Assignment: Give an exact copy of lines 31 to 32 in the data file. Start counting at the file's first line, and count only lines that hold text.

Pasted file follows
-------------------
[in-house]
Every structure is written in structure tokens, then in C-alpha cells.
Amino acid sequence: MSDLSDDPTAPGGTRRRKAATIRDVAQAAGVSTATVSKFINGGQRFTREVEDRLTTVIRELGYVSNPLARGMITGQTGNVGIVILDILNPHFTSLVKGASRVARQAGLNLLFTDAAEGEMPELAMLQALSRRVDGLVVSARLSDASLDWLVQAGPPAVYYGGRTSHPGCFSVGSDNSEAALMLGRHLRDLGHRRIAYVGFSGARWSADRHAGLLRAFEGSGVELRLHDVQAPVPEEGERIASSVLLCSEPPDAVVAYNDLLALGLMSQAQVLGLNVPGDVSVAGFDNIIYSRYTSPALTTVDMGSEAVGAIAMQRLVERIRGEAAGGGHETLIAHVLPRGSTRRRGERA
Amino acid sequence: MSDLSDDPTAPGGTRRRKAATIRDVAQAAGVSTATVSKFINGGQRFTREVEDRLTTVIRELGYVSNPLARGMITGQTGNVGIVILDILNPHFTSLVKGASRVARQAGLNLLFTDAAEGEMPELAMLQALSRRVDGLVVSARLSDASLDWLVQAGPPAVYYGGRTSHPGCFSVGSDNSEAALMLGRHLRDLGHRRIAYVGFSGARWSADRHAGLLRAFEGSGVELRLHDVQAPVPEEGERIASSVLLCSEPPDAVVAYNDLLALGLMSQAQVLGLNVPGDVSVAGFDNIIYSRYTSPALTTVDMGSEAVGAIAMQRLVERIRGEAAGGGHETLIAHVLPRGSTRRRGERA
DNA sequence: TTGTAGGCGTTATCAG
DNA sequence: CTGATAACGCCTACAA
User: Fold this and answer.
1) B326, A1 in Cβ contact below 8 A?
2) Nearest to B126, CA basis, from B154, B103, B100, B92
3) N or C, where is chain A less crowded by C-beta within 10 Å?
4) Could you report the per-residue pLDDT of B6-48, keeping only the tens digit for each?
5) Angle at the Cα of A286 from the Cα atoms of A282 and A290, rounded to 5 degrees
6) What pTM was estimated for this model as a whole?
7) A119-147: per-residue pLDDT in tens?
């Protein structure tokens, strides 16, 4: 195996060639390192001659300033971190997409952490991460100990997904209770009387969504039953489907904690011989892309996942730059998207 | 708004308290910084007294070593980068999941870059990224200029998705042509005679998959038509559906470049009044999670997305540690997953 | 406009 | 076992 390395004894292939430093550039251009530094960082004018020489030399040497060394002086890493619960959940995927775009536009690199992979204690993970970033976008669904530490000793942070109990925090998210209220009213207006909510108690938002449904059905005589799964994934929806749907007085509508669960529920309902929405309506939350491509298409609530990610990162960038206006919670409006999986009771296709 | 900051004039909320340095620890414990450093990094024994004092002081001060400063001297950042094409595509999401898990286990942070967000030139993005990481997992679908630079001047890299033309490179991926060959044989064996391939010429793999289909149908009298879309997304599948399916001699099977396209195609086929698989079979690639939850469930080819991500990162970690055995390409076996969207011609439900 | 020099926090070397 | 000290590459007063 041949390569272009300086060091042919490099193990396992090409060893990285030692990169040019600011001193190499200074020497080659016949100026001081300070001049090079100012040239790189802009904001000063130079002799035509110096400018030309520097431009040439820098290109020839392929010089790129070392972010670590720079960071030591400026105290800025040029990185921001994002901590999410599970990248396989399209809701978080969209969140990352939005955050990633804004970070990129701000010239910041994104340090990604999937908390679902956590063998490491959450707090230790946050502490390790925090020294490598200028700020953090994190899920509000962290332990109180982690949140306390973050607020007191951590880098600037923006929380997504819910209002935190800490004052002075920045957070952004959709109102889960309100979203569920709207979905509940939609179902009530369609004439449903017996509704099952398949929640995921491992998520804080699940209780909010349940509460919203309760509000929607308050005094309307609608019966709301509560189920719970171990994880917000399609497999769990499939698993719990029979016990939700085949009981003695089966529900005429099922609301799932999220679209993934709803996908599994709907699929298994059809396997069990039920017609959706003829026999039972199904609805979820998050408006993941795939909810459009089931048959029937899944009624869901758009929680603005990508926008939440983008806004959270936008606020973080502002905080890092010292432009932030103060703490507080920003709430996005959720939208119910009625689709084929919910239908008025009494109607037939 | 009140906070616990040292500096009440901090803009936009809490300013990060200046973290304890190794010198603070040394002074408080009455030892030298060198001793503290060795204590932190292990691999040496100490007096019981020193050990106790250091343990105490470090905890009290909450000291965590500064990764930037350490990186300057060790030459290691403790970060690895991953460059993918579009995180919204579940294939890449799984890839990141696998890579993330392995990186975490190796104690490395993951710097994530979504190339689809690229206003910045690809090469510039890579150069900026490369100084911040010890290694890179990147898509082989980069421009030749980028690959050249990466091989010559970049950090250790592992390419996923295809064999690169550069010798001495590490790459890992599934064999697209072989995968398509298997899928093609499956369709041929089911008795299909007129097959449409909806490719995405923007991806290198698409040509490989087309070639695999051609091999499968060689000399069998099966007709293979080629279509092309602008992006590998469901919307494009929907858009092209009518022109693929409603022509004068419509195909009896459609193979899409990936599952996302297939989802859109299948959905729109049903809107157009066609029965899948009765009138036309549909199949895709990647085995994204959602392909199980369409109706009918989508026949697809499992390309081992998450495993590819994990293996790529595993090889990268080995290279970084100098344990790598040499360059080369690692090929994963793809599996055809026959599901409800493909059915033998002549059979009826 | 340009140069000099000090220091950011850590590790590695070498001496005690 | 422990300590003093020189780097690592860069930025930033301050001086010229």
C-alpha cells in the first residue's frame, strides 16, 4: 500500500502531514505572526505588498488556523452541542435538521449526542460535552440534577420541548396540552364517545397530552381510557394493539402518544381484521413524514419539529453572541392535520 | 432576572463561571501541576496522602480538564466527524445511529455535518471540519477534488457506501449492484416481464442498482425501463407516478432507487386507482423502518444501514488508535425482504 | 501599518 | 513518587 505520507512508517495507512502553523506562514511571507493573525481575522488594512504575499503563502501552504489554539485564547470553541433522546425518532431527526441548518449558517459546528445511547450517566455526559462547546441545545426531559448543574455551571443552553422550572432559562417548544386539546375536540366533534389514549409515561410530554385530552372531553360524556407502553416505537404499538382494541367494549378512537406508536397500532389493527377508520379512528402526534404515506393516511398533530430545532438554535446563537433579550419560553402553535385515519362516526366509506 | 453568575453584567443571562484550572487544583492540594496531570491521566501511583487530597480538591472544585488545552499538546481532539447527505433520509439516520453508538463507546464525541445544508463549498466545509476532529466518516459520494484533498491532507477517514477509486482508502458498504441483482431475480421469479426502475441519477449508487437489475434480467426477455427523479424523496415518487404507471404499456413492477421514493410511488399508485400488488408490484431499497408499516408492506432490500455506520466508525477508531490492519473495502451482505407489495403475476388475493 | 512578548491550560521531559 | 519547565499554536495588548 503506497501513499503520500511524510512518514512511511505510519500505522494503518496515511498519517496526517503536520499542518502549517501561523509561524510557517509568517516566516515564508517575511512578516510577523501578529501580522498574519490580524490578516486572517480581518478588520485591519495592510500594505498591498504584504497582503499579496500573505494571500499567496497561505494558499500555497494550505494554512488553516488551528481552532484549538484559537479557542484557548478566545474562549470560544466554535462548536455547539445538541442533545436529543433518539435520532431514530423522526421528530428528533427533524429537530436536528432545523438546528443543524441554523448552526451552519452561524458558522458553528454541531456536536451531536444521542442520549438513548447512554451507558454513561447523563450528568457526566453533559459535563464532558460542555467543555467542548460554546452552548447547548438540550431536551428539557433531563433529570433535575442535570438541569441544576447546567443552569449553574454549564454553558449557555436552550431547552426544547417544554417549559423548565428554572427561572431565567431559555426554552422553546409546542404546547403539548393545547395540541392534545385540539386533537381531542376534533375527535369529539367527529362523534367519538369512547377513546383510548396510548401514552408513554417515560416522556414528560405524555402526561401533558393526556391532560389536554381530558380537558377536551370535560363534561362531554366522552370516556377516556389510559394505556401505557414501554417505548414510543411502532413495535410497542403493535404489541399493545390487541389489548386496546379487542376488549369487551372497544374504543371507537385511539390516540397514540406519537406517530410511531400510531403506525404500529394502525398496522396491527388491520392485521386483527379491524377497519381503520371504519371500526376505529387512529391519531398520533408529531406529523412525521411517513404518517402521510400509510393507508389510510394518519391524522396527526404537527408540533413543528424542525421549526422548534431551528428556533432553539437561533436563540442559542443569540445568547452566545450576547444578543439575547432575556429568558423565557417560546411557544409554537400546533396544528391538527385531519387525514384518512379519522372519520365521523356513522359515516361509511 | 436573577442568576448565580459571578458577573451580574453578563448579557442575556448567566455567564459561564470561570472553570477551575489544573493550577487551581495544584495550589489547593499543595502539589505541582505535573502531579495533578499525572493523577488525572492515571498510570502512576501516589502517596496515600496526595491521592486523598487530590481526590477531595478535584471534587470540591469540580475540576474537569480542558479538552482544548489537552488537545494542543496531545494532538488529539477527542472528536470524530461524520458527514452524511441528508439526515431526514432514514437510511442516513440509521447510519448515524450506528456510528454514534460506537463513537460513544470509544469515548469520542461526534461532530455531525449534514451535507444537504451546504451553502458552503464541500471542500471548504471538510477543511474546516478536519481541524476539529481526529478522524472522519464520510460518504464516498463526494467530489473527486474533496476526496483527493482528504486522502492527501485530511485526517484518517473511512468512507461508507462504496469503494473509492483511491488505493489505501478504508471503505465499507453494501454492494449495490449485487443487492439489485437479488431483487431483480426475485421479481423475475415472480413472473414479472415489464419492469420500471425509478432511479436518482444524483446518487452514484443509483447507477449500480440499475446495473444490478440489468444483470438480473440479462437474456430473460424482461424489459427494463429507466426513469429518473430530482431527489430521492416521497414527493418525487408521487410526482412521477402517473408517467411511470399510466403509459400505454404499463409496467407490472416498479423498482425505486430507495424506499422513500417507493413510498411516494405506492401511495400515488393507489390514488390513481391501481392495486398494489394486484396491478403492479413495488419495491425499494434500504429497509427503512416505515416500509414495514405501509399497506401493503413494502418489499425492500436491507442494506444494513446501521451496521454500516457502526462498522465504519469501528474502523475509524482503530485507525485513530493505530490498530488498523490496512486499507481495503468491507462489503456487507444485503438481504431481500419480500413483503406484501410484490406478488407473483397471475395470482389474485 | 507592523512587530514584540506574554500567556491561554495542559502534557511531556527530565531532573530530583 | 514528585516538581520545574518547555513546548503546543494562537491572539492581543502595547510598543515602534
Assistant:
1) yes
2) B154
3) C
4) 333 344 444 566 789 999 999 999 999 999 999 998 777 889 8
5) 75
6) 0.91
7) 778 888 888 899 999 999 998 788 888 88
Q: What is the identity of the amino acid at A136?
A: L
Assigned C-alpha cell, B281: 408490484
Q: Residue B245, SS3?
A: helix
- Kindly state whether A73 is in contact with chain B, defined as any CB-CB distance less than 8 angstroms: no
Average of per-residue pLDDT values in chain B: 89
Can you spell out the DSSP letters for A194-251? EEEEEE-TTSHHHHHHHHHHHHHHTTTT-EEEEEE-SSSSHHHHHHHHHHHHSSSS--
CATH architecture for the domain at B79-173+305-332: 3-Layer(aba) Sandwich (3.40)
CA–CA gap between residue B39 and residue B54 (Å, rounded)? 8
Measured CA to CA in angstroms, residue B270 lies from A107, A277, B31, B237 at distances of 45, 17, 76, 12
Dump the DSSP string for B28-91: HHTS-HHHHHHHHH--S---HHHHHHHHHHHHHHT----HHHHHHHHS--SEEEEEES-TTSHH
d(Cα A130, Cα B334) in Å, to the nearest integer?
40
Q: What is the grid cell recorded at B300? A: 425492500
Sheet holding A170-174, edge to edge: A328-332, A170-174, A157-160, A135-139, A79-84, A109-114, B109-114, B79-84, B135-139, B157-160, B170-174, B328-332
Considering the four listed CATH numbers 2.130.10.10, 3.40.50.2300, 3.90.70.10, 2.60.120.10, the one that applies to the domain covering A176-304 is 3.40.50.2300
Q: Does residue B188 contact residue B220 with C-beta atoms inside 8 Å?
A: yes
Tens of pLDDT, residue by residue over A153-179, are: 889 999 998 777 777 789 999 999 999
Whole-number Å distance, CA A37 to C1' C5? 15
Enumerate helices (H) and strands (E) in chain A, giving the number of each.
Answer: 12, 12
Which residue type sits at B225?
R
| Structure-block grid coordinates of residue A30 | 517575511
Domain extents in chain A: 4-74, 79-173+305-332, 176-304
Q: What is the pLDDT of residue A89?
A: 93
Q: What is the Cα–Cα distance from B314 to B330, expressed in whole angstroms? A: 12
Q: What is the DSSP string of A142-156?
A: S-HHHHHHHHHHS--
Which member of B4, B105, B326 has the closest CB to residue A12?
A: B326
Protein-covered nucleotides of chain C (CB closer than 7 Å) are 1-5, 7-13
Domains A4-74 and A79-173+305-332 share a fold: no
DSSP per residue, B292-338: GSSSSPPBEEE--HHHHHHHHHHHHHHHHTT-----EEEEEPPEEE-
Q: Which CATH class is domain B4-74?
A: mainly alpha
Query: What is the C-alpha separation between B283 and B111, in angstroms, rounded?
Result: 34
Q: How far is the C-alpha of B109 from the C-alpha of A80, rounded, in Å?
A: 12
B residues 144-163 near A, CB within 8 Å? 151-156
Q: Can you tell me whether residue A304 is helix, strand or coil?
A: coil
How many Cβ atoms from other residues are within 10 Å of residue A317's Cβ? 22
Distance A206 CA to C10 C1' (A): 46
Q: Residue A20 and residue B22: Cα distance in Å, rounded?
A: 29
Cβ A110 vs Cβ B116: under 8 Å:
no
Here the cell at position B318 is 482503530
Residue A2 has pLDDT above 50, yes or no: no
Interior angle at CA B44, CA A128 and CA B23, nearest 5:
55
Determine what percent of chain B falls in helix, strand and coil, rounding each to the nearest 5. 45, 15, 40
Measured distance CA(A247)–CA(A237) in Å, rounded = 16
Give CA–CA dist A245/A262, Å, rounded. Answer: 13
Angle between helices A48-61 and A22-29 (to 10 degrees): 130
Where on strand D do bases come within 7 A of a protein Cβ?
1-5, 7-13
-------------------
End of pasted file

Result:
Average of per-residue pLDDT values in chain B: 89
Can you spell out the DSSP letters for A194-251? EEEEEE-TTSHHHHHHHHHHHHHHTTTT-EEEEEE-SSSSHHHHHHHHHHHHSSSS--